Alzheimer's Disease Research
Gary Landreth, Ph.D.
Case Western Reserve University
Cleveland, OH, United States
Title: RXR: A Therapeutic Target in Neurodegenerative Disease
Non-Technical Title: Rexinoids: New Therapeutic Agents for Alzheimer's Disease and Related Disorders
Duration: July 1, 2011 - June 30, 2013
Award Type: Standard
Award Amount: $250,000
A new rexinoid drug can rapidly remove existing plaques and lower Abeta peptide levels with improvement in memory and cognition within one week in amyloidogenic mouse models of AD. We propose to determine if this drug acts to prevent neuronal loss and dysfunction in two mouse models of neurodegeneration due to overproduction of Abeta or a mutant form of tau.
A drug that is taken by mouth has been shown to lower beta-amyloid levels and remove existing plaques in the brains of mouse models with Alzheimer's disease. In this research project, Dr. Gary Landreth and colleagues will be testing whether this drug also can prevent damage to brain cells in another type of Alzheimer's disease mouse. If it does have protective effects, it could be put on the fast track for human clinical trials. This drug holds particular promise due to its disease modifying actions.
Dr. Landreth’s team has used the first 9 months of funding to generate the animal models and personnel resources to carry out the study. The team has established a colony of Alzheimer’s disease mice (called 5XFAD) and let them grow to the age of 8 months—an older stage that is appropriate for testing therapies for Alzheimer’s. The team has conducted a pilot study in a few of these older mice to verify that they are experiencing age-related disease symptoms. In parallel, they have generated about 60 Alzheimer’s mice that range in age from 1-3 months. These mice, when of an appropriate age, will be used in the proposed experiments. Importantly, the team has recruited a postdoctoral fellow, Dr. Monica Holley, to carry out this project. She arrived April 1, 2012 and has already initiated the baseline analysis of the 5XFAD mice.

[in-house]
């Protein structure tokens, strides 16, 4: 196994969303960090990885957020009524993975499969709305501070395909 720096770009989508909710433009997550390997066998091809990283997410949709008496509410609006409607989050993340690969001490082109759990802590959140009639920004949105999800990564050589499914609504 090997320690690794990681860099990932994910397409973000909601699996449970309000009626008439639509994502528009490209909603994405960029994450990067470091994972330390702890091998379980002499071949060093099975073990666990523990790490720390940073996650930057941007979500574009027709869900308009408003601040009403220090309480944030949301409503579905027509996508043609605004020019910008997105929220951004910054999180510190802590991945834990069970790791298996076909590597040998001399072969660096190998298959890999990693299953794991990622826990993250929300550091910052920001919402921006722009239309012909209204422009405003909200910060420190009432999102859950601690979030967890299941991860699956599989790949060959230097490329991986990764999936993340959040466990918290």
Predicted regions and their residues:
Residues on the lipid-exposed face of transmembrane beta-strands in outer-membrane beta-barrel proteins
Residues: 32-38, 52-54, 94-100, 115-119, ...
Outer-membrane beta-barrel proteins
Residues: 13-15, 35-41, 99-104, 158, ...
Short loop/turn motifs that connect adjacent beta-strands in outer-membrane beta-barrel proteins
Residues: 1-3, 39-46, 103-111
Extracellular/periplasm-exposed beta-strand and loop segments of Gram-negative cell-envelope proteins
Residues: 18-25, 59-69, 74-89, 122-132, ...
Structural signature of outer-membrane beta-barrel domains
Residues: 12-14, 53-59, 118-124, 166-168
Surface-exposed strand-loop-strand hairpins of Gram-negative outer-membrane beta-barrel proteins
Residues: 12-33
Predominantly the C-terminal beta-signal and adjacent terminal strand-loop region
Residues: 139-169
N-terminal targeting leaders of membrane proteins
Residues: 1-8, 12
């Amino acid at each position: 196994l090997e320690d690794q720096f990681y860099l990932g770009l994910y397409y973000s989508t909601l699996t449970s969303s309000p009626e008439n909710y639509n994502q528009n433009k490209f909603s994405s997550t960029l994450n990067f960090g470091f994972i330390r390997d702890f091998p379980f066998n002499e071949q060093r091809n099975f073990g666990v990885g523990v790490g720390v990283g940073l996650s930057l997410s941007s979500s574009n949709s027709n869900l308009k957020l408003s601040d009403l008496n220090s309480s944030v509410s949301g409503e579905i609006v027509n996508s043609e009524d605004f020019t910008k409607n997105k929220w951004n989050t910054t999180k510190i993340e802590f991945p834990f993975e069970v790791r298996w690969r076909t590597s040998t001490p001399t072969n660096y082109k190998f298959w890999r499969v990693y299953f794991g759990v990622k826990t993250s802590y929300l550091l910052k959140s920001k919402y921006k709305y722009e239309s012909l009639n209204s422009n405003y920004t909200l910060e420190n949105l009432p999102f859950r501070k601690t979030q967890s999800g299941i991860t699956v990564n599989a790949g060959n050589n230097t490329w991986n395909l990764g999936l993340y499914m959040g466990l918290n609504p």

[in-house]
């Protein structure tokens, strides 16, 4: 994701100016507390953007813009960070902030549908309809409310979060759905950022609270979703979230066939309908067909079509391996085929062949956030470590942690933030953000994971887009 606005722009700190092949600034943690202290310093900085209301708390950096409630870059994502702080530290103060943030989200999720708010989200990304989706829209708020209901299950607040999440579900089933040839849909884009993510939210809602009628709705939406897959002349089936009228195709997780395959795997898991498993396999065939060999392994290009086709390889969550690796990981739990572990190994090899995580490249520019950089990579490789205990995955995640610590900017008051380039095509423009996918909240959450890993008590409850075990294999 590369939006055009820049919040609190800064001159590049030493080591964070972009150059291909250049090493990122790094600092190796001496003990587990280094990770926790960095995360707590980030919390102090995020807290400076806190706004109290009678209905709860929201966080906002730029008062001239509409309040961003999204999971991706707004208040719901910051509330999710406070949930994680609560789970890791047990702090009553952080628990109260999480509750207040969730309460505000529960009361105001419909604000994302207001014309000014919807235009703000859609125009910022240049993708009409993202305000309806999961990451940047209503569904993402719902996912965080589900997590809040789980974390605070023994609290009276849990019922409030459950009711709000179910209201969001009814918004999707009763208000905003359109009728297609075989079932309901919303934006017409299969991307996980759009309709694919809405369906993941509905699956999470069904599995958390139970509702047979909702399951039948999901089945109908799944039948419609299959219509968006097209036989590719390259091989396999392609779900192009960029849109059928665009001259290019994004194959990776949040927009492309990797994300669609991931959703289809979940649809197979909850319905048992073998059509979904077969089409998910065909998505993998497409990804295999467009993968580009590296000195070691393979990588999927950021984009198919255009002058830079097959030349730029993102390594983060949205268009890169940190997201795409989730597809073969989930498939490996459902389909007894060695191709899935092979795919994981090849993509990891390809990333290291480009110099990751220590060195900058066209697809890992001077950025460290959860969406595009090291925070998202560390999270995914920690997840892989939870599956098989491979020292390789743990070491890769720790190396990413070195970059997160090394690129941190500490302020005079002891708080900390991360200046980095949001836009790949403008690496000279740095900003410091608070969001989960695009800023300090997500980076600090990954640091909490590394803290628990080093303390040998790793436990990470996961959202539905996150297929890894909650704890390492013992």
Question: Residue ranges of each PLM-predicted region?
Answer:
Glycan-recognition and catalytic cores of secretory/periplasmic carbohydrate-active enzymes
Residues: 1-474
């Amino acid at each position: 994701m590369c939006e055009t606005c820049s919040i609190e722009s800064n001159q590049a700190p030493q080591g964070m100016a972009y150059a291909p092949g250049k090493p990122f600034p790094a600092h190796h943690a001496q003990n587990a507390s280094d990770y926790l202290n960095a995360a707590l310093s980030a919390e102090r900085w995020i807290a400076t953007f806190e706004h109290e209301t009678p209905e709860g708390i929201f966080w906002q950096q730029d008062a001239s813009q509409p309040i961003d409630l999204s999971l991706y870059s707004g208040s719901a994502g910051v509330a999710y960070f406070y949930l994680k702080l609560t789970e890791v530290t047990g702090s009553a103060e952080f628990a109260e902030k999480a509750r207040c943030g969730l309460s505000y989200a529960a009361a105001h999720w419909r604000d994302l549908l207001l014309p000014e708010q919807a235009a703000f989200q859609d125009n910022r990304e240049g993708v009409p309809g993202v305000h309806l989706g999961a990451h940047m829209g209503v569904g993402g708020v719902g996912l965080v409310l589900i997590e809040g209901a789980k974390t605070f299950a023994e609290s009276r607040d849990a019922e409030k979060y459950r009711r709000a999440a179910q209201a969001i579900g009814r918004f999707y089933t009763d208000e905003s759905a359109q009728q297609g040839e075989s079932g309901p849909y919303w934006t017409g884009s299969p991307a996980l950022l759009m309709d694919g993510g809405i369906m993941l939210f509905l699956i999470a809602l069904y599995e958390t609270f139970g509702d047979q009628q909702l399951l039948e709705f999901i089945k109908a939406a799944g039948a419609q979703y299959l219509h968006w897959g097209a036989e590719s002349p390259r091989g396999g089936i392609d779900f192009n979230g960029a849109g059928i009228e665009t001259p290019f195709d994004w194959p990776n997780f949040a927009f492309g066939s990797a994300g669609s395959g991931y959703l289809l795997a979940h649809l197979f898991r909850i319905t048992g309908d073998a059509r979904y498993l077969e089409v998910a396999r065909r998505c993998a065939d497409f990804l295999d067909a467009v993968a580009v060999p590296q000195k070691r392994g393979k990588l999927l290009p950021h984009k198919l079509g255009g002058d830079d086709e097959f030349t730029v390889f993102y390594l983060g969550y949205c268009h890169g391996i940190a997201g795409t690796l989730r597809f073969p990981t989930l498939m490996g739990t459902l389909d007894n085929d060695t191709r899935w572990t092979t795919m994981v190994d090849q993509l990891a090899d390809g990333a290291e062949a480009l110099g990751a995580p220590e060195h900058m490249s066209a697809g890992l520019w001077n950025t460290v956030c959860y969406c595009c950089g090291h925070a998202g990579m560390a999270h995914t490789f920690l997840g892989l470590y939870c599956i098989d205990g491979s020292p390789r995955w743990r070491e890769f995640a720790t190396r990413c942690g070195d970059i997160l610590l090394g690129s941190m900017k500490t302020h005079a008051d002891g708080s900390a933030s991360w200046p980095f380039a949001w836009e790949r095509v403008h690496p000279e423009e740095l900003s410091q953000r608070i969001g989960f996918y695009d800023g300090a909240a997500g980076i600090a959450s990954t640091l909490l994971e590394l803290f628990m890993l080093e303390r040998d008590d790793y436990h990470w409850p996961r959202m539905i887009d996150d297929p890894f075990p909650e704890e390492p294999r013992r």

Dr. Landreth is a professor in the Department of Neurosciences at Case Western Reserve University. He received his undergraduate degree in chemistry and biochemistry from the University of Kansas in 1972. He then completed a Ph.D. in the Neurosciences Program at the University of Michigan, including a year of study at the National Institute of Medical Research in London. He did postdoctoral work in the Department of Neurobiology at Stanford. His work has focused on investigation of the biological basis of Alzheimer's disease and on drug development for this disorder.